Hand pouring glass of beer from tap
The Historic Reason Hundreds Of UK Pubs Have An Identical Name
At the time of this publication, the U.K. is home to 516 Red Lion pubs, and there’s a historical reason why the name is so common.
In the 1100s, businesses started assigning names to pubs, but since most people couldn’t read, they were indicated with a symbol. By 1393, the law stated pubs must have signs.
The red lion didn’t come into play until 1603 when King James VI of Scotland, the son of Mary Queen of Scots, took the English throne as King James I.
To honor his motherland, James put the red lion, the symbol of Scotland, on every important building in the U.K., and apparently, “important buildings” included every single pub.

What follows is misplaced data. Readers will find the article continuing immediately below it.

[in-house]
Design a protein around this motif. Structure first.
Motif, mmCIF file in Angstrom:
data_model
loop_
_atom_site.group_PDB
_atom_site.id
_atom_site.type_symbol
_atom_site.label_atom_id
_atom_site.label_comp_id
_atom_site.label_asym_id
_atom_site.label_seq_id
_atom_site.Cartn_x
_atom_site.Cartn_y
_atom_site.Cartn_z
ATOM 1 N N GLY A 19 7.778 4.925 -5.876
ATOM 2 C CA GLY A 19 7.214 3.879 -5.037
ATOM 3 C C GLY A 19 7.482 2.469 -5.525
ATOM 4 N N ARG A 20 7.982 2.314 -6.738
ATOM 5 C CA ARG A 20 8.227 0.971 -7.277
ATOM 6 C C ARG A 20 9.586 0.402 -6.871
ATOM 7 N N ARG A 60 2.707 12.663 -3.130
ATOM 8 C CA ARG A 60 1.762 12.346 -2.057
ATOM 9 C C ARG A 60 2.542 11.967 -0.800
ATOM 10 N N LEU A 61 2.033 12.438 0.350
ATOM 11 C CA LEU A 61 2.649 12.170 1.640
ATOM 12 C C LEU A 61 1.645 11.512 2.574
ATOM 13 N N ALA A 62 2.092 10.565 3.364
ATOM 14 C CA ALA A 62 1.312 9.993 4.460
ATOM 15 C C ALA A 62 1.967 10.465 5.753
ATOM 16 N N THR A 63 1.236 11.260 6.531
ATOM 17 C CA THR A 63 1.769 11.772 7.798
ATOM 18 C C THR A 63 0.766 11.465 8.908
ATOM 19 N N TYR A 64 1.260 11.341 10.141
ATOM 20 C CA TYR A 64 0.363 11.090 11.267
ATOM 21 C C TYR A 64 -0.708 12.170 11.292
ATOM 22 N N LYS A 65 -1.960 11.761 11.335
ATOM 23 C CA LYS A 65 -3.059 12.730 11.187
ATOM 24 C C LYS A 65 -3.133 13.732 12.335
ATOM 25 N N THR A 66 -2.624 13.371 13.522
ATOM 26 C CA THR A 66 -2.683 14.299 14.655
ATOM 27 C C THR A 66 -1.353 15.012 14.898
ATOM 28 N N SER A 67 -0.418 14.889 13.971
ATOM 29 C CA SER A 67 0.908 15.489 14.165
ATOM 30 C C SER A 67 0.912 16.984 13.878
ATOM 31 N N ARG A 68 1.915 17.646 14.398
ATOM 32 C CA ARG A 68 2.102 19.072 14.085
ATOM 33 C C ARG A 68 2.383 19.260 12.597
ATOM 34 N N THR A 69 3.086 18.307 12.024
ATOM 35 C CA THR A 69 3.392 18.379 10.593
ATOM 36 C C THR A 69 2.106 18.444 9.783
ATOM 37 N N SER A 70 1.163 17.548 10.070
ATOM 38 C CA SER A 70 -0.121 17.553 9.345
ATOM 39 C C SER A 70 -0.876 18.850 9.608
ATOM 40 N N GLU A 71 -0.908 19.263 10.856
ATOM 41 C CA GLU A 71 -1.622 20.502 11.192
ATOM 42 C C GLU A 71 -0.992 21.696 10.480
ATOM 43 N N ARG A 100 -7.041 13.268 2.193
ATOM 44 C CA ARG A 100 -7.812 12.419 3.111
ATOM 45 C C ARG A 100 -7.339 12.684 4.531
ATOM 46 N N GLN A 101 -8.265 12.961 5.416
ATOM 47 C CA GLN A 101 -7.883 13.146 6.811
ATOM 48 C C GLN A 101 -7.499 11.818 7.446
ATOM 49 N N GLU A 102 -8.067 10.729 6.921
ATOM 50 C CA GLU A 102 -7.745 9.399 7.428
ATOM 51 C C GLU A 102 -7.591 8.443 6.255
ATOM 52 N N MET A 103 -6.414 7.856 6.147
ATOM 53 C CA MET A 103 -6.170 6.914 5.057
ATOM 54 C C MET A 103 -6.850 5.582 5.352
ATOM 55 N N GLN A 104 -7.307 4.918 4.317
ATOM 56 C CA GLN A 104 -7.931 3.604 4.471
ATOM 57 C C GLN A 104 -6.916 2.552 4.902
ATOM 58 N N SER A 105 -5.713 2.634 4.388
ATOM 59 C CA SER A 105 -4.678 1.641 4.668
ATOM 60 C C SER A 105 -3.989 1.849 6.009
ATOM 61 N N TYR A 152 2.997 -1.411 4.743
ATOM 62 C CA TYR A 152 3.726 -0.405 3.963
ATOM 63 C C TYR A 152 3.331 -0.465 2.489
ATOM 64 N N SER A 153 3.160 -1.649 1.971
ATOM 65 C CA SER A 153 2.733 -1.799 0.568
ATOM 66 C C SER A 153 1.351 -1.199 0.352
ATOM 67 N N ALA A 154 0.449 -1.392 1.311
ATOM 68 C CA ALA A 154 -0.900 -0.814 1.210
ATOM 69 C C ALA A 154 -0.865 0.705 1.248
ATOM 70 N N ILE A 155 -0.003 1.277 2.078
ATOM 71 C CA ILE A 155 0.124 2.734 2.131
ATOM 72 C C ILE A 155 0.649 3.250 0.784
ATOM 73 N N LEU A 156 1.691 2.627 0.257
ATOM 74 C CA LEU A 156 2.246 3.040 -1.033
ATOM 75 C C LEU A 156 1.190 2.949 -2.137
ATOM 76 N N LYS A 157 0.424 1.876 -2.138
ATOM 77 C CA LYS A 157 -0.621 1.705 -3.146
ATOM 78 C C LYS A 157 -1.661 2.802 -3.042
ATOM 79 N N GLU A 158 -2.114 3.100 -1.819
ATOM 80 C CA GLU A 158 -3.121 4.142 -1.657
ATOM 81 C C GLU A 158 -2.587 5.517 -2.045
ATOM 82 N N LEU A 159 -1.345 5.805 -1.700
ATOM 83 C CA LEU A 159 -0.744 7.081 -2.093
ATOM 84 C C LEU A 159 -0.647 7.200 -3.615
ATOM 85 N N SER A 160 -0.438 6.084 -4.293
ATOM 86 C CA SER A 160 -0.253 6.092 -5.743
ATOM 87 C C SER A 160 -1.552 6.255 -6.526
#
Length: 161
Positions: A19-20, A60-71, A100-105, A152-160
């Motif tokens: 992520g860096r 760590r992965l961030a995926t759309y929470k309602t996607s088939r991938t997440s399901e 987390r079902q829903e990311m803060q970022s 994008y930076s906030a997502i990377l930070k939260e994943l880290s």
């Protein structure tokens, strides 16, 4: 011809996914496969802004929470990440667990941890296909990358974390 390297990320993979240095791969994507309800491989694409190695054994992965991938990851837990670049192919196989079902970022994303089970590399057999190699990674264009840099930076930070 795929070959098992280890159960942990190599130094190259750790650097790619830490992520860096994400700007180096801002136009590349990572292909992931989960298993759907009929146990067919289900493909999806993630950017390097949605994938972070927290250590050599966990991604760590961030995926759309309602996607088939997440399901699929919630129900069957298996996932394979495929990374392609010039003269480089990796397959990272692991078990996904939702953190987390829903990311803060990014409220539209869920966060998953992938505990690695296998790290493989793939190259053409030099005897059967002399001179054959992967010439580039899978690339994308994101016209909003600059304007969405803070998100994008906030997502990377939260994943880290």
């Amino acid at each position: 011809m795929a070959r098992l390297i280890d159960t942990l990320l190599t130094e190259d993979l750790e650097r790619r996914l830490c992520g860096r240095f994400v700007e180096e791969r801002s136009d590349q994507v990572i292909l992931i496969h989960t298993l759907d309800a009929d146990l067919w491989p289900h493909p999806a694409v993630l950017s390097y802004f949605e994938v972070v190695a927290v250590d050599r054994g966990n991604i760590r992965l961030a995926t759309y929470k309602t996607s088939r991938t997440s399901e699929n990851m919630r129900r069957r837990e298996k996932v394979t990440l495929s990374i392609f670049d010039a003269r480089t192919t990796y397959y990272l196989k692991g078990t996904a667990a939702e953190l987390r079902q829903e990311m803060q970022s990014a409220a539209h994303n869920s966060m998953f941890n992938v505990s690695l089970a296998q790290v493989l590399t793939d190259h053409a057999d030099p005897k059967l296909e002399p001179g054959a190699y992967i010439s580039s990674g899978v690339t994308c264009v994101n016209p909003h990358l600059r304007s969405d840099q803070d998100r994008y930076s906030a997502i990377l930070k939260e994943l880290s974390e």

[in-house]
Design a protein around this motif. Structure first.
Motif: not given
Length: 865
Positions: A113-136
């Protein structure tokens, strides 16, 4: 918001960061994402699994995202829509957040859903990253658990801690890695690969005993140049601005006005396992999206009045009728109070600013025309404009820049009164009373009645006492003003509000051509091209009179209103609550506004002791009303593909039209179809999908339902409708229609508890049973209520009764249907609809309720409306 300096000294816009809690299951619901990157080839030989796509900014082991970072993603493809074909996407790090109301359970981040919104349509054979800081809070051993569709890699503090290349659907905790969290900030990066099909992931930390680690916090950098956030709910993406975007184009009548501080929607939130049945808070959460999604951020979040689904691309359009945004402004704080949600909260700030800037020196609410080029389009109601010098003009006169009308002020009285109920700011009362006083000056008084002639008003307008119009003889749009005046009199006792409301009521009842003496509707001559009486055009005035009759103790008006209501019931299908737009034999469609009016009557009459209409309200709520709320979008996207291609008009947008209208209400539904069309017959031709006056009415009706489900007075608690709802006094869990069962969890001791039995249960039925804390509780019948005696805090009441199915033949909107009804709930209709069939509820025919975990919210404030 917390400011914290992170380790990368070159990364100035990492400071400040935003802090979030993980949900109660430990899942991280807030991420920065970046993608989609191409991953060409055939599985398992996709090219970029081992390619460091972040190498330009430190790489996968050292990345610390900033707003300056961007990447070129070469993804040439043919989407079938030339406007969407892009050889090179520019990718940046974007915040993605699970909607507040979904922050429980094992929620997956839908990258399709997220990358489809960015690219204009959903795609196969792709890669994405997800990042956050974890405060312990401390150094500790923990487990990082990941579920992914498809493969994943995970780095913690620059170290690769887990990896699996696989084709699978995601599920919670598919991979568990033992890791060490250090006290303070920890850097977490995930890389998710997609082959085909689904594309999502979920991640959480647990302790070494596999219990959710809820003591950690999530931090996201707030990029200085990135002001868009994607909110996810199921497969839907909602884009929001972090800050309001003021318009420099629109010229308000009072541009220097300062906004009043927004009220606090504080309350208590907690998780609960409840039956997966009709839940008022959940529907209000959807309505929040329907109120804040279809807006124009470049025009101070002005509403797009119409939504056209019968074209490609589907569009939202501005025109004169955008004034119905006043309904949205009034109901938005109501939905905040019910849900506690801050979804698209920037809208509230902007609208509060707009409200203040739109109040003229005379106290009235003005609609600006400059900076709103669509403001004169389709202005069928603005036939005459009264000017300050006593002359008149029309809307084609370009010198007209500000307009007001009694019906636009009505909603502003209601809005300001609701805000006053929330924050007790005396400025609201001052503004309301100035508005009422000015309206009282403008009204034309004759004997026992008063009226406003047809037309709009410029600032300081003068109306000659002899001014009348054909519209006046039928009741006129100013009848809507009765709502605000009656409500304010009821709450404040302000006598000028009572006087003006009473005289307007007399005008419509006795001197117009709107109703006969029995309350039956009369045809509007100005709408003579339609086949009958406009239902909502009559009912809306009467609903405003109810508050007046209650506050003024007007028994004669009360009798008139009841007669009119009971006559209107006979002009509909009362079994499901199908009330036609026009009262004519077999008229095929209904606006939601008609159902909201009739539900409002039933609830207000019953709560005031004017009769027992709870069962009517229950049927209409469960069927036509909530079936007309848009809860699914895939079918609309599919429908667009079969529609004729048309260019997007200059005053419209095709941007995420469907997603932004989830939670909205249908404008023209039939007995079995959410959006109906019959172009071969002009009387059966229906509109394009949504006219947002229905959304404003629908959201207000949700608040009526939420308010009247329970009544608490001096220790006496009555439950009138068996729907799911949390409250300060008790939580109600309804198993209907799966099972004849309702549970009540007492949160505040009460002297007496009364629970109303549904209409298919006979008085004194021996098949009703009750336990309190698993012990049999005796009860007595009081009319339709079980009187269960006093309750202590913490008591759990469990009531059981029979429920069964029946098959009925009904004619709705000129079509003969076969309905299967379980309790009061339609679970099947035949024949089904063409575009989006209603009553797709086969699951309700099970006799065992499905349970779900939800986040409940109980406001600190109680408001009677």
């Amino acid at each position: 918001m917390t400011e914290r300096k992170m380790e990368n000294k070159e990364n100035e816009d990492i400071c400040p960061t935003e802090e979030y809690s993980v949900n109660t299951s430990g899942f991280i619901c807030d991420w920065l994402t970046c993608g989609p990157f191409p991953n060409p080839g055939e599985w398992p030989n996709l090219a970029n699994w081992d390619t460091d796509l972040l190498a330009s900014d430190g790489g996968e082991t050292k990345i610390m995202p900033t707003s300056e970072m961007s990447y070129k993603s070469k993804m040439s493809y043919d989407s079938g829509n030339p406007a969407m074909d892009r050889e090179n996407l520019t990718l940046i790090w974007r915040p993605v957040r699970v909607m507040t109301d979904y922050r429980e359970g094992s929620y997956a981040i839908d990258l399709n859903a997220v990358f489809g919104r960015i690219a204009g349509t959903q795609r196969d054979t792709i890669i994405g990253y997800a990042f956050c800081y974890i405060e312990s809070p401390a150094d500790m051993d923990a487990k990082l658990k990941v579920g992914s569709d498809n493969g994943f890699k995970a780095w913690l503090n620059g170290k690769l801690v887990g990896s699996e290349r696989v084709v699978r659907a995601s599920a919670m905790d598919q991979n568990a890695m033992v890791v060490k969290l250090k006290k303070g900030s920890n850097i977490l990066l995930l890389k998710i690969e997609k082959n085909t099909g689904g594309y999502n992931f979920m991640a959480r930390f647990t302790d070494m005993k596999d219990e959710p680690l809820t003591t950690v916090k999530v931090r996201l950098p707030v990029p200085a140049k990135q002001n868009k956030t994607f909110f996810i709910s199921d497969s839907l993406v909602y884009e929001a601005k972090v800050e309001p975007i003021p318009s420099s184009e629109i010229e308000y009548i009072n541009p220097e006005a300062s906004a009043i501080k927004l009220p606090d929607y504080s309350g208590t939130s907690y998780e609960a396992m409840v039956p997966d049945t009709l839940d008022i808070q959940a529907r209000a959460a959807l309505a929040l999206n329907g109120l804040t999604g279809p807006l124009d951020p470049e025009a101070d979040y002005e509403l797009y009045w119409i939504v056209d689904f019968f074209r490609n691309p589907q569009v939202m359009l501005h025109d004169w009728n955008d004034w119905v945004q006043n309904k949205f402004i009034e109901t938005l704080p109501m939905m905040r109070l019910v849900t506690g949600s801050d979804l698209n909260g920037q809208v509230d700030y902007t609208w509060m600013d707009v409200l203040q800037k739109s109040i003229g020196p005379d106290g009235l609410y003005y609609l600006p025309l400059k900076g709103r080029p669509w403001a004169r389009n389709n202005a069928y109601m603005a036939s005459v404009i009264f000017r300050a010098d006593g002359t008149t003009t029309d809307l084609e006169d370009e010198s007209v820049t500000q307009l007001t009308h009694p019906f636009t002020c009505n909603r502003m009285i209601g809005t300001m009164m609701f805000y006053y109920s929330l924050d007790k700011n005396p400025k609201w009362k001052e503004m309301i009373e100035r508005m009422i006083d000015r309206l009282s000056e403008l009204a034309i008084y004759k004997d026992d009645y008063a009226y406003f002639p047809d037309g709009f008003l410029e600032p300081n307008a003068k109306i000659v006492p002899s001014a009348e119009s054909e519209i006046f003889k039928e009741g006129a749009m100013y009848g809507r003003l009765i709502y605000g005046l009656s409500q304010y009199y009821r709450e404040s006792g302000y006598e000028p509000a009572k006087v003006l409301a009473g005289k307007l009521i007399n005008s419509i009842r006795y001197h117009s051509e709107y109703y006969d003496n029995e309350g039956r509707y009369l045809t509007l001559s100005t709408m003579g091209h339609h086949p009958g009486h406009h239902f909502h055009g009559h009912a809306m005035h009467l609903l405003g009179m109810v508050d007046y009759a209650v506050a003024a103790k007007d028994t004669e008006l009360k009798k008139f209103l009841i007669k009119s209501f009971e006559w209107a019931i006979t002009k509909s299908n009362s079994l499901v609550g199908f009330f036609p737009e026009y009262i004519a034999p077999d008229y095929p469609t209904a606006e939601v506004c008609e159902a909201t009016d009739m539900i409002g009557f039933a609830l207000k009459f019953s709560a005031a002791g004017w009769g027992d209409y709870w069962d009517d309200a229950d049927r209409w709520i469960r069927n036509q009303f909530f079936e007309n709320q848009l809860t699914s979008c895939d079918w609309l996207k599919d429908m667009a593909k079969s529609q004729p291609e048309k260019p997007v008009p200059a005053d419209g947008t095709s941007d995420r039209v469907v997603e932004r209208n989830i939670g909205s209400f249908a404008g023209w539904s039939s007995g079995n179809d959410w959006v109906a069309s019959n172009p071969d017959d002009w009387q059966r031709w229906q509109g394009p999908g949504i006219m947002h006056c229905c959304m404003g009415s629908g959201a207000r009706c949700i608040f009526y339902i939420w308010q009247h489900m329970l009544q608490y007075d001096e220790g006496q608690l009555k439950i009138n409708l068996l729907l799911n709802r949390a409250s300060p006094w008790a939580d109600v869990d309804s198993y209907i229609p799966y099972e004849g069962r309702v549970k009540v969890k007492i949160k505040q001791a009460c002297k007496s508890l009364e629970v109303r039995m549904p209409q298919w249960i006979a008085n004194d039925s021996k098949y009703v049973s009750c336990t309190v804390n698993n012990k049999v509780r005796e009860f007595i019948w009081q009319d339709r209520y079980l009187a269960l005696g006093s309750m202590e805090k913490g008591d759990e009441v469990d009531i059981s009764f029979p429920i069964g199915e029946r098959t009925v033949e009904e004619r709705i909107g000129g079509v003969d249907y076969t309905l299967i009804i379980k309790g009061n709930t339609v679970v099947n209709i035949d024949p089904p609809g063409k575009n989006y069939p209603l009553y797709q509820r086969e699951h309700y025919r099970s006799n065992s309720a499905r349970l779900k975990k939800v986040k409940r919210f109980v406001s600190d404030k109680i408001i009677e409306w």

Another theory suggests that the red lion predates King James I and is actually inspired by Knight John of Gaunt, who had a red lion in his coat of arms and died in 1399.
Despite the name, Red Lion pubs are not all the same, and they range from the haunted Red Lion in Avebury, England, to the British-inspired Red Lion in Manhattan.